Target: President of Indonesia, Susilo Bambang Yudhoyono
Goal: Protect Indonesia’s natural environment and mine workers from the ravages of unregulated mining operations
In the past decade, the rising cost of gold has drastically increased the number of mining operations taking place in Indonesia’s once protected forests. Many of these mining companies are small-scale operations that have begun to appear in nearly every area of the country. This form of mining not only takes an enormous and, in some cases, irreversible environmental toll, but has negative effects on human health as well.
Often, these small, privately owned mining companies are able to avoid government regulation on the use of toxic chemicals such as mercury in the mining process. Mercury, once popular in mining around the world, has now been banned by nearly every country in the developing world, including Indonesia. The use of this highly toxic chemical leads to water and soil contamination, dangerous mixing with other chemicals in the area, wildlife endangerment and can lead to numerous health problems in humans including decreased brain function, sickness and even death. However, lack of government regulation has allowed for small-scale mining companies to illegally use mercury and other dangerous chemicals such as cyanide in the mining process, leading to alarmingly high levels of contamination in mining runoff.
The actual physical process of mining is incredibly damaging to the environment as well. Large structures, heavy machinery and increased noise levels have destroyed and driven away many species of native plants and animals such as orangutans, sun bears, tigers, and deer. Many of these small companies mine for gold in what are technically considered “protected” forests where the need to preserve biodiversity is even more imminent than elsewhere.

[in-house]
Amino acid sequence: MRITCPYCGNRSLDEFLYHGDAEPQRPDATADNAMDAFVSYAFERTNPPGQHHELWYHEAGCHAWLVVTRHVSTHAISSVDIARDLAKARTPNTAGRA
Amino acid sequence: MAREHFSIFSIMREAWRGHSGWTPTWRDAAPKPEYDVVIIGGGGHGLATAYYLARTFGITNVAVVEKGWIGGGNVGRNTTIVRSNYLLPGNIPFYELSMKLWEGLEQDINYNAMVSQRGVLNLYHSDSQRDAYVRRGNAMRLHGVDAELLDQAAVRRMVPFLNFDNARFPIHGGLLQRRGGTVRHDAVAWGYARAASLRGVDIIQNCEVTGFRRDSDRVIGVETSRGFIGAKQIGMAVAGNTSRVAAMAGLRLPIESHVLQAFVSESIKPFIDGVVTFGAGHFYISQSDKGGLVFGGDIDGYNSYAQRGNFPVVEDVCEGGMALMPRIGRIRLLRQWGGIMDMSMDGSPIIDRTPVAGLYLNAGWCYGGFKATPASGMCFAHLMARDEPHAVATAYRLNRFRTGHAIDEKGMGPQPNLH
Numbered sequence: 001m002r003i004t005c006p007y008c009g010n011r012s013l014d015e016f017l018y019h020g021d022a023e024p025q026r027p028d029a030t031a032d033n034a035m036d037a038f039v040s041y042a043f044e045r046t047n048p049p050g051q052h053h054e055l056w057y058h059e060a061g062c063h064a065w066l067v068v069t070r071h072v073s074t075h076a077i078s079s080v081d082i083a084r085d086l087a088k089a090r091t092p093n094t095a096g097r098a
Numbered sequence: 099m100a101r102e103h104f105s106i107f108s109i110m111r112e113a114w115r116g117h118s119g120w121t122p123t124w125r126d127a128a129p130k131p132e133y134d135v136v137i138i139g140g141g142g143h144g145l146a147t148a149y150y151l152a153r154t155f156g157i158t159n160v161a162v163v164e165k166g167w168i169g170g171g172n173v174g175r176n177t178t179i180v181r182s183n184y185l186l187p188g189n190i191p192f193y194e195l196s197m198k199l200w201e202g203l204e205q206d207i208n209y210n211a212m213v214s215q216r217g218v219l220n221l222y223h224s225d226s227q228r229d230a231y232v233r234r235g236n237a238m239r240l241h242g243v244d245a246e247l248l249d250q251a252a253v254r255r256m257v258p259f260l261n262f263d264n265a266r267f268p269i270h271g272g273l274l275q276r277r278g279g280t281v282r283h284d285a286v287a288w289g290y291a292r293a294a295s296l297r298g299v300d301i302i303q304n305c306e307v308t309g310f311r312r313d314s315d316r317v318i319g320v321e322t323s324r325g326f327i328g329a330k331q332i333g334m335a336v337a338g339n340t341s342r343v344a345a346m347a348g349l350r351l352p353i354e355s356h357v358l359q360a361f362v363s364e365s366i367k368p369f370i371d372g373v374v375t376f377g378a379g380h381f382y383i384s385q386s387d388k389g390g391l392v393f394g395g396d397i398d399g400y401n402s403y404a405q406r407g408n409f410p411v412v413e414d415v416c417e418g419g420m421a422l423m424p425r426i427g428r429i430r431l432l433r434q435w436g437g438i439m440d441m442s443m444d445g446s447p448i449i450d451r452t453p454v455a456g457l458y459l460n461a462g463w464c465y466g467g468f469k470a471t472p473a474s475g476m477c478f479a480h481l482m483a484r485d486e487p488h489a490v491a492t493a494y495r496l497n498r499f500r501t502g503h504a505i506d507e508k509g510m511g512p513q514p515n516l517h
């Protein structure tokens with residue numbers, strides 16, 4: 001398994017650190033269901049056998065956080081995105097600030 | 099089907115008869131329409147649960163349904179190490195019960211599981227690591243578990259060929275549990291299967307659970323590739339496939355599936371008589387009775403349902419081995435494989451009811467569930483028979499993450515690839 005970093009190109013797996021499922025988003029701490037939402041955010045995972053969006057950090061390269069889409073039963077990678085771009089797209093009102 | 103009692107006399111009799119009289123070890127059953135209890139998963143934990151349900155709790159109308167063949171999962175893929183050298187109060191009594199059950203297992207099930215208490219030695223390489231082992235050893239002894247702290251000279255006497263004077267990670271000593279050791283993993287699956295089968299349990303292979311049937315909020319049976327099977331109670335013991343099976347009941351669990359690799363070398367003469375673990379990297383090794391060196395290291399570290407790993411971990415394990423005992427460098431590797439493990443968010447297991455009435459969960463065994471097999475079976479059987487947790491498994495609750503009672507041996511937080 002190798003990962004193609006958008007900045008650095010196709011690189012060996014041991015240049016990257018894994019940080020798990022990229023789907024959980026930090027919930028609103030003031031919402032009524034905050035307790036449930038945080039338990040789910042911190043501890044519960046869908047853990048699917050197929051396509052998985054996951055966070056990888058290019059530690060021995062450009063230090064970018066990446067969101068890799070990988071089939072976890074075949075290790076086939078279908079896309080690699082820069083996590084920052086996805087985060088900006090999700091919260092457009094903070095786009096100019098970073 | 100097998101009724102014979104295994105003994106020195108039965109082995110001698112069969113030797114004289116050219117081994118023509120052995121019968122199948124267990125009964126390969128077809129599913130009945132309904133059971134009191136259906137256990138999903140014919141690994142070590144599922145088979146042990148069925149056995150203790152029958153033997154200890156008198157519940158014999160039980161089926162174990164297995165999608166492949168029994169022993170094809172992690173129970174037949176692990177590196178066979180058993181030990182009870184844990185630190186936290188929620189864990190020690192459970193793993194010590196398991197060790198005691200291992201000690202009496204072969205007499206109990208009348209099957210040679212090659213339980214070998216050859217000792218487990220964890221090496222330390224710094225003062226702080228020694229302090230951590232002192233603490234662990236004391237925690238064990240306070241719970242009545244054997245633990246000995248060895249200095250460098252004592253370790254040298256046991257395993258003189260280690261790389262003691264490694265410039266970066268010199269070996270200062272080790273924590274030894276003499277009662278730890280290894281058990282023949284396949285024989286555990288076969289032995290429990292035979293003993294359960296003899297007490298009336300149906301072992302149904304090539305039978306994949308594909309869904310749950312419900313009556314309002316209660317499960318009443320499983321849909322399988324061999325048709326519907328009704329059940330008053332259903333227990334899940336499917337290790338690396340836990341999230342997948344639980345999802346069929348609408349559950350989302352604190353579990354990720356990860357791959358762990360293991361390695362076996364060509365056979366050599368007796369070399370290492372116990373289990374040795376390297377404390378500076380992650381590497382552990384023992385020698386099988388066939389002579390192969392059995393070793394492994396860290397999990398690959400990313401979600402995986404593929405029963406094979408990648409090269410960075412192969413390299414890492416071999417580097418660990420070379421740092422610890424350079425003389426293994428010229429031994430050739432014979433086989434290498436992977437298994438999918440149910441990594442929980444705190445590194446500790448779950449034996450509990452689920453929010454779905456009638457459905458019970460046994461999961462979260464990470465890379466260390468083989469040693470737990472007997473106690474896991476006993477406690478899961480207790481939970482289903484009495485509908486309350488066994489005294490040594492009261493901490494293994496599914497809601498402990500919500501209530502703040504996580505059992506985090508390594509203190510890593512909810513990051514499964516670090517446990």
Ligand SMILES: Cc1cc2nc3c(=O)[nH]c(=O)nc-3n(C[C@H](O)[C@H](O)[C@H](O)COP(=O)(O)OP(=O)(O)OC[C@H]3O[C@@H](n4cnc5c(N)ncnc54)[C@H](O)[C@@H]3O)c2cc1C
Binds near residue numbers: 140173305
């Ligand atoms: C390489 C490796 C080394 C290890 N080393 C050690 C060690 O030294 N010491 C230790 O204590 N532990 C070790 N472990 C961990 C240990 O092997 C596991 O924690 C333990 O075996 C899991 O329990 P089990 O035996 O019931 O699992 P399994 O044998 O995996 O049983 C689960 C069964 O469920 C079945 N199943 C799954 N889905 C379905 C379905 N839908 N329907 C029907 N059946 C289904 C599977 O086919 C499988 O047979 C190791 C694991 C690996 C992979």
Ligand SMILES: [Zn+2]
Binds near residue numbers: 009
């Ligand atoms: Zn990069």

Despite the government of Indonesia’s official statement recognizing the growing problem of small-scale mining in the country, officials have done very little to regulate these harmful operations. Laws requiring mining permits have yet to pass in parliament, and government-organized task forces designed to investigate mining operations failed to enforce restrictions or bans on certain mining methods.
The ever-increasing number of highly destructive and dangerous small-scale mining operations in Indonesia must be taken seriously. Demand that the Indonesian government prioritize mining regulation and enforce restrictions and bans on chemical use.
Dear President Susilo Bambang Yudhoyono,
In recent years, the increasing price of gold has led to countless, small-scale mining operations throughout Indonesia. These mining companies, though small, create immeasurable problems for both the environment and citizens that reside nearby.
Illegal and unregulated use of mercury in the mining process is currently resulting in alarmingly high toxicity levels of soil and water, as much as five times the safety levels imposed by other countries such as China. This leads to loss of biodiversity as native plant and animal species are poisoned and die off in increasing numbers. Furthermore, it will invariably lead to loss of human life as those who are subjected to mercury runoff in their soil and water supply are continually poisoned.
Mining is an important component to Indonesia’s economy. However, the frightening effects of these unregulated mining operations are as inexcusable as they are preventable.
I strongly urge you to prioritize mining regulation throughout the country and enforce bans and restrictions on toxic chemicals and other illegal mining methods. By cracking down on ever-popular small-scale mining companies, you will help ensure that the natural beauty of Indonesia’s forests and the quality of life for animals and humans in these areas is preserved and protected.
[Your Name Here]
Photo Credit: Richard Erari via Wikimedia Commons